However, I agree that a good installer should let me choose whether or not I want an icon on the desktop.  Another pet peeve are installers that create icons for unrelated crap that I don't want such as when the installers for TurboTax, Microsoft Money, etc. spam my desktop with shortcuts to AOL, MSN, and every online banking webpage on the planet.

Matt Latourette
Monday, September 22, 2003

I'm using Win2k and have the shortcuts to the programs I actually use stored in a folder, which is accessible as a pop-up window from the task-bar - voila! No need to ever see the desktop again, I can open any program I need with two clicks without having to minimise anything, and any frequently accessed documents can be saved into a sub folder for equally easy access.


Monday, September 22, 2003

I suppose the rationale for installing all three shortcuts is that they're easier (especially for novices) to remove if you don't want them than to add if you do want them. Doesn't the installer give you any choice in the matter? I thought it did, but maybe it's changed in the most recent release or something.

Gareth McCaughan
Monday, September 22, 2003

> I actually use stored in a folder, which is accessible as a pop-up window from the task-bar <

I use the Start Menu like this.

Just pull things out of the "Program" folder by 1 level and they're available after clicking on the Start button. I have 1 level categories below the Start Menu, and leave the Program Files to things I don't use that often. The only problem with this is no program will install icons there, so no un-install will remove them.

Start Menu
- Windows Explorer
  (why do they put this under "Programs / Accessories" ?)
-> Editors
-> Online
-> Drives (shortcuts to all my drives)
-> Etc.
-> Programs

Also, you can have more than one quick launch bar. You can float them on your desktop and dock them on the edges. I wonder if anyone has quick launch bars on all 4 edges of the screen.

Mark T A W .com
Monday, September 22, 2003


Anybody elses uses the desktop as a real life desktop? I have mine covered with relatively current documents, temp files, and any new download goes first to the desktop, and then is moved to a permanent folder or the recycle bin.

Pretty much like my real life desktop :-)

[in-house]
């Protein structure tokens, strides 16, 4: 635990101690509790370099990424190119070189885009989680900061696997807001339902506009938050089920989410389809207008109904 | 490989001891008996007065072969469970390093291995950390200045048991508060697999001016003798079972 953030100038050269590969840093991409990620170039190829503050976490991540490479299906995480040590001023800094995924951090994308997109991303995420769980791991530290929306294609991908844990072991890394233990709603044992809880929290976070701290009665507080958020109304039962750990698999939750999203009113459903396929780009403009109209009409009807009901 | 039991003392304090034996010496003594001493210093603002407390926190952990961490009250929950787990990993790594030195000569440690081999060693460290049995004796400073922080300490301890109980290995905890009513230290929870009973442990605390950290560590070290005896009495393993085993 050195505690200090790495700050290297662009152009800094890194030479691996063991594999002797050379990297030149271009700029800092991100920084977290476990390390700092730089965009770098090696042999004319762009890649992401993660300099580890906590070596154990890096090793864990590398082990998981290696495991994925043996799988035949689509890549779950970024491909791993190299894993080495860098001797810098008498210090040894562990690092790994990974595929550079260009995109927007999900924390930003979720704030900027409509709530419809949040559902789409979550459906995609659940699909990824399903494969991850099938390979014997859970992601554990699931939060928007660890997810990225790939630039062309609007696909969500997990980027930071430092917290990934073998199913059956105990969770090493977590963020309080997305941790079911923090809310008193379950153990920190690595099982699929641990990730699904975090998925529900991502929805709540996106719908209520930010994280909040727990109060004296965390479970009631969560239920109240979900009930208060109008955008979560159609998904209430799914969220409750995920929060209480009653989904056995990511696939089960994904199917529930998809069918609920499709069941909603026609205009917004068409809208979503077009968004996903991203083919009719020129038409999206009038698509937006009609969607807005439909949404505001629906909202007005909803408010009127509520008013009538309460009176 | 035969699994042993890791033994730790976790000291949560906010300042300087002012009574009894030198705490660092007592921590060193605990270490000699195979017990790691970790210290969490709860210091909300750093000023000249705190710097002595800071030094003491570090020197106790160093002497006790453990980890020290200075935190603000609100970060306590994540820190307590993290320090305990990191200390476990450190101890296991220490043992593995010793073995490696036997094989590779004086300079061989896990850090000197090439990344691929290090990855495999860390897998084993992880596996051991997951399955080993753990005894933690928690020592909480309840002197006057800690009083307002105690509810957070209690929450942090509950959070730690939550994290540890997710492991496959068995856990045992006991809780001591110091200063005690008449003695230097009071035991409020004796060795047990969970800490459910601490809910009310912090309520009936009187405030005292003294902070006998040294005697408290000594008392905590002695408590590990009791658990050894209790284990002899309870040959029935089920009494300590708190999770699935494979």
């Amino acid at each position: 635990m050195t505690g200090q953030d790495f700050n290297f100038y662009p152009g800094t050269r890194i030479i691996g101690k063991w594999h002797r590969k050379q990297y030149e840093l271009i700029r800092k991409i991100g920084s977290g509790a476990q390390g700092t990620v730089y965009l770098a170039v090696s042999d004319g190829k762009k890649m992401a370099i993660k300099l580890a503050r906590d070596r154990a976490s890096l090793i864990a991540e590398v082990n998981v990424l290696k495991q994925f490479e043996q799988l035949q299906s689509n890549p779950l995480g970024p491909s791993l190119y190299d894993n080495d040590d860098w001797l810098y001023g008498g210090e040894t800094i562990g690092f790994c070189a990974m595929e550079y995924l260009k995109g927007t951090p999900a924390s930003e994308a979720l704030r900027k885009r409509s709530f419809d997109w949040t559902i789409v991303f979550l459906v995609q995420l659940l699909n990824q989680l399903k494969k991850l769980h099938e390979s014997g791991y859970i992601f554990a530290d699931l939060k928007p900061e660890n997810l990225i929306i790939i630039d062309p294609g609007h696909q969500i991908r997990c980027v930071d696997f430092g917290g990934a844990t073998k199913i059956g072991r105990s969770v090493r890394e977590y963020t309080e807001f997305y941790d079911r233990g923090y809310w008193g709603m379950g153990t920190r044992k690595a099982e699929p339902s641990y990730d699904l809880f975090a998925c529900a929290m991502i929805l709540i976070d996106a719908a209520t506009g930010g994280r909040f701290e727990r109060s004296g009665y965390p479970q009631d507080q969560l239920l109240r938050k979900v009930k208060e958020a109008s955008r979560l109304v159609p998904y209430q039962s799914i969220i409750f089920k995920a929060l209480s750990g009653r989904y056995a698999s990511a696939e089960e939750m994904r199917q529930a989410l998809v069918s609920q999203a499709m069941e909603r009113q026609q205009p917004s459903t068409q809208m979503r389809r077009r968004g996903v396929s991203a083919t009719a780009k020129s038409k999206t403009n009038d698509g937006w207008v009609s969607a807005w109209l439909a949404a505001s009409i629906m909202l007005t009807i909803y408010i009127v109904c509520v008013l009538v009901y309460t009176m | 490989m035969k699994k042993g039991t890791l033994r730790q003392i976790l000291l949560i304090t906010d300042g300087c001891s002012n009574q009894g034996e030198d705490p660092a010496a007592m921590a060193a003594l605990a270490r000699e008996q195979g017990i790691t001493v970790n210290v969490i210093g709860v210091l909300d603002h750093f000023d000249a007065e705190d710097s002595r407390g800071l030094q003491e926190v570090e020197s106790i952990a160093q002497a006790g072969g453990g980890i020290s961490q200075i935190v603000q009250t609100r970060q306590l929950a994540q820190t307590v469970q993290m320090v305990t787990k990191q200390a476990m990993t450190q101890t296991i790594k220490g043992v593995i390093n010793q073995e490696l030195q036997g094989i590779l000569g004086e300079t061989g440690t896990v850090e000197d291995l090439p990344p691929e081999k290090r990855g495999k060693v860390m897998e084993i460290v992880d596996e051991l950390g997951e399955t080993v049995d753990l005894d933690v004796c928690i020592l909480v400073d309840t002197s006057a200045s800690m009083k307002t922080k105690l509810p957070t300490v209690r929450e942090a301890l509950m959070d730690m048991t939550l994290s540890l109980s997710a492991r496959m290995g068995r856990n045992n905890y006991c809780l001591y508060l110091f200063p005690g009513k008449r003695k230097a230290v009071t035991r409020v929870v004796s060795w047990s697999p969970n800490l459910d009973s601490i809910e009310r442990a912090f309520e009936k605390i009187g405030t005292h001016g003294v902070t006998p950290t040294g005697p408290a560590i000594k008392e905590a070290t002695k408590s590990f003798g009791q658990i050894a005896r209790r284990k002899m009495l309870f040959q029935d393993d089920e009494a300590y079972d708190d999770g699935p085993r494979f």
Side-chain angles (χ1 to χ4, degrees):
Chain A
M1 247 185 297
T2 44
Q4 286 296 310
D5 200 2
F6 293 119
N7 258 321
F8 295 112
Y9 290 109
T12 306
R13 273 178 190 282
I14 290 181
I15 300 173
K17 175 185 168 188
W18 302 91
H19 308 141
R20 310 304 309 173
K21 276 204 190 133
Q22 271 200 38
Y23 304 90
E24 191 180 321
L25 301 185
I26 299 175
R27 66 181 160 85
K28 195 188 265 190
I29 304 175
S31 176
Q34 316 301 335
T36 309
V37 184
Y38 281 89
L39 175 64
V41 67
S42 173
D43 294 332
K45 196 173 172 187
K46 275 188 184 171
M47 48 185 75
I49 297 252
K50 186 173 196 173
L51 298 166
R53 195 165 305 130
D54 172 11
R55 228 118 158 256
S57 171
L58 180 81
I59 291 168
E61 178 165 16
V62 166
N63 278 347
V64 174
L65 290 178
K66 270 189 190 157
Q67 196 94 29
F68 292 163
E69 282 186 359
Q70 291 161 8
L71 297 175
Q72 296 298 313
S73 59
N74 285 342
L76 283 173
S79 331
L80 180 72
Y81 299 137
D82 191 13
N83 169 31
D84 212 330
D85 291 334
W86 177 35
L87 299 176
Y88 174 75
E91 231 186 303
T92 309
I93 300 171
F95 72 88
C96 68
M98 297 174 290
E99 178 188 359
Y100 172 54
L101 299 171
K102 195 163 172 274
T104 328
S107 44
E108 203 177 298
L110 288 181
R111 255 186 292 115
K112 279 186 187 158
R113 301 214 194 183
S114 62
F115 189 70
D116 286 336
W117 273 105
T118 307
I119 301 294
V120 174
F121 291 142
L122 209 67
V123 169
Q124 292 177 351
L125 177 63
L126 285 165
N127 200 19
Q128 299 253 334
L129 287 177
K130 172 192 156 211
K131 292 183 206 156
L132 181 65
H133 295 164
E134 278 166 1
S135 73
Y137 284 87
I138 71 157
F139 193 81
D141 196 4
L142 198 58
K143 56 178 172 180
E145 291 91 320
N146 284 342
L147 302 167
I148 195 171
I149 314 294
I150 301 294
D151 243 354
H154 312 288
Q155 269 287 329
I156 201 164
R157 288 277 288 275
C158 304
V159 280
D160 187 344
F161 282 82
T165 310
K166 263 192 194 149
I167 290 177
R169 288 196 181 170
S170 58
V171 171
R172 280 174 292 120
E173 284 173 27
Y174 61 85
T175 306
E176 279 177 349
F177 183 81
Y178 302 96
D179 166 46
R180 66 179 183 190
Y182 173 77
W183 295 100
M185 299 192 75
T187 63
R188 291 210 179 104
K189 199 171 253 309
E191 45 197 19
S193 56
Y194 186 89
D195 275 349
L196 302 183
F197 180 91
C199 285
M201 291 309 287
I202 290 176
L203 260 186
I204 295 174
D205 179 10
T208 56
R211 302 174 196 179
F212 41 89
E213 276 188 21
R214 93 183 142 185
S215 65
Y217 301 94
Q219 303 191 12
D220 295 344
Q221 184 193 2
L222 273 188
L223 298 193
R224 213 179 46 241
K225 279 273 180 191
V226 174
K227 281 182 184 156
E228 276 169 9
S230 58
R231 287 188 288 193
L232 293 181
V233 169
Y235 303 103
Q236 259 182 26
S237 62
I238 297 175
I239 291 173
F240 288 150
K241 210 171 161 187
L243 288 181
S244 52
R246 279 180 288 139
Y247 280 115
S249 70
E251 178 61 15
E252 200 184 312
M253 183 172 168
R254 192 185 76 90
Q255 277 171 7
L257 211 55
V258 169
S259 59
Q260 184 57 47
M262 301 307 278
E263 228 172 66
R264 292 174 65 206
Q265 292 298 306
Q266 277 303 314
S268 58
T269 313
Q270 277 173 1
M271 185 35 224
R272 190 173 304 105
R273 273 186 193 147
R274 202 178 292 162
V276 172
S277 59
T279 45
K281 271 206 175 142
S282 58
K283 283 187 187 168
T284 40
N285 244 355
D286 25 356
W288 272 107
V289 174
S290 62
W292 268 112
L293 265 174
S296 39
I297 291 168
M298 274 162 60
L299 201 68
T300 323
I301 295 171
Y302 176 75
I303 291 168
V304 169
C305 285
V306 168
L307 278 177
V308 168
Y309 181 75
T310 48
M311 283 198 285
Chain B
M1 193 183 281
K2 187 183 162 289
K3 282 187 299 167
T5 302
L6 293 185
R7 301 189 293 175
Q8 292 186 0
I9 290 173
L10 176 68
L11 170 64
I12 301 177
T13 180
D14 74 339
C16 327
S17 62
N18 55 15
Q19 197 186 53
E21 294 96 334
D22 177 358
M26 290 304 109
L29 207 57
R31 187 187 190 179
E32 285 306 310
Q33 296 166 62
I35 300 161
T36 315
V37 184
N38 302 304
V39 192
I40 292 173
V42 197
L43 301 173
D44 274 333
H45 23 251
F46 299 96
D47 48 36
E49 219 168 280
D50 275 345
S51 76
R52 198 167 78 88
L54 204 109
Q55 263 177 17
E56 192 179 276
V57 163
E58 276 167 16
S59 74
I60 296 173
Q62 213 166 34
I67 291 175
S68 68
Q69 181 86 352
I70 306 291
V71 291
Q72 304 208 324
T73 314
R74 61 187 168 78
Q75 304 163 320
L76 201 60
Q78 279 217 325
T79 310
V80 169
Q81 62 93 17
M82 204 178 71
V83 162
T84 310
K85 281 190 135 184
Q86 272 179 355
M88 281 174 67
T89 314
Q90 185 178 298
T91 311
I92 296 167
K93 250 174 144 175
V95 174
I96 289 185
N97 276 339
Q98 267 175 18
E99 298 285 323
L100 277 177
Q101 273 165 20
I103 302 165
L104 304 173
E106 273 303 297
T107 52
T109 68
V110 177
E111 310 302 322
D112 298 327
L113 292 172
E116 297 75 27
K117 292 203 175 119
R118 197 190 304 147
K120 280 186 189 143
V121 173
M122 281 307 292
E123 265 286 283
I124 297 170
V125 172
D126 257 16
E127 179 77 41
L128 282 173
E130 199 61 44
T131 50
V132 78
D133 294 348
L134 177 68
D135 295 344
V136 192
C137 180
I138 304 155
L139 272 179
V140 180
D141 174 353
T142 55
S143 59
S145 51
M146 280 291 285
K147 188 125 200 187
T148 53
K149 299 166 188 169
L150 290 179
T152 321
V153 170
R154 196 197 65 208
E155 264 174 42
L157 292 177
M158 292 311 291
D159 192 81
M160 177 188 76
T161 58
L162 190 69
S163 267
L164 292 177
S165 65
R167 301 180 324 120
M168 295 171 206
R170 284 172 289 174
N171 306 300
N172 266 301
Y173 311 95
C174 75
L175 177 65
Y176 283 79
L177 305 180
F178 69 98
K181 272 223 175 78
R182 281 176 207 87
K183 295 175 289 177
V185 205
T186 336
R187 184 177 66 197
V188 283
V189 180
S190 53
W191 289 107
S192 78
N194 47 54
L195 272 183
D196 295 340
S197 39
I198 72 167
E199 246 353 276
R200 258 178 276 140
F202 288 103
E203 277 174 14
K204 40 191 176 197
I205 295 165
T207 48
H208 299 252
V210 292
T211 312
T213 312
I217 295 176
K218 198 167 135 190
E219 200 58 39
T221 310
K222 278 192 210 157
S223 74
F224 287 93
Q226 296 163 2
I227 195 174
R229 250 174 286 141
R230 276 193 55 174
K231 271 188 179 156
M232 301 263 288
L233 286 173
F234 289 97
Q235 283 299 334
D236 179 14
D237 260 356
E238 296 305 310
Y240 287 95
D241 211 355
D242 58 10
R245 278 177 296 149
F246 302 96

Leonardo Herrera
Monday, September 22, 2003

(except for the coffe mug, of course :-)

Leonardo Herrera
Monday, September 22, 2003


while we're on the subject of desktop icons, can anyone explain the logic of "Arrange Icons by Name"?

Not only are apps sorted before shortcuts, but even within the apps there are multiple levels of sort.

it just bugs me...

Jason
Monday, September 22, 2003

""Personally, my desktop is covered with icons and I like it that way.  Why would I want to navigate the nine degrees of GUI hell just to open applications that I use all the time?  The Start bar is just fine for infrequently used programs, but all the important apps and shortcuts to work-in-progress documents go on the desktop.""

I used to feel the same way, but Windows XP changed all that -- now that the Start menu keeps a list of all my recently used programs with the most frequently used ones closer to the top of the list.

Combine that with my 3 or 4 most often used apps (e-mail, etc) on the "Quick Launch" menu, and I no longer have any need for icons on the desktop.

Newbie Programmer
Monday, September 22, 2003

See also:

http://blogs.gotdotnet.com/raymondc/permalink.aspx/441c4836-e2ef-4088-bc06-936d41886fbc

Just me (Sir to you)
Monday, September 22, 2003

I'd actually prefer that companies install themselves as "YourCompany YourProgram" groups in the start menu and then let me play with them.  I'd love to say that WinAmp should be in Media / Players / Audio, but each person has a slightly different idea what the 5-20 folders in their start menu should be.

Flamebait Sr.
Monday, September 22, 2003

"Anybody elses uses the desktop as a real life desktop?"
Me sometimes :)
If i drug uue file onto uudecode icon it will be decoded and result will be put to desktop again :)

I think Mozilla doing all good (IMHO).  Start menu is not only for launch shortcut, but for all - readme, profile, uninstall etc. Desktop is for launchin. And still I need manually copy shortcut to root of start menu, so to start it with [Win]+[M] buttons.

Assigning key combination to shortcut also good thing - for really usefull software. And you need desktop icon to do that :)

Nekto
Wednesday, September 24, 2003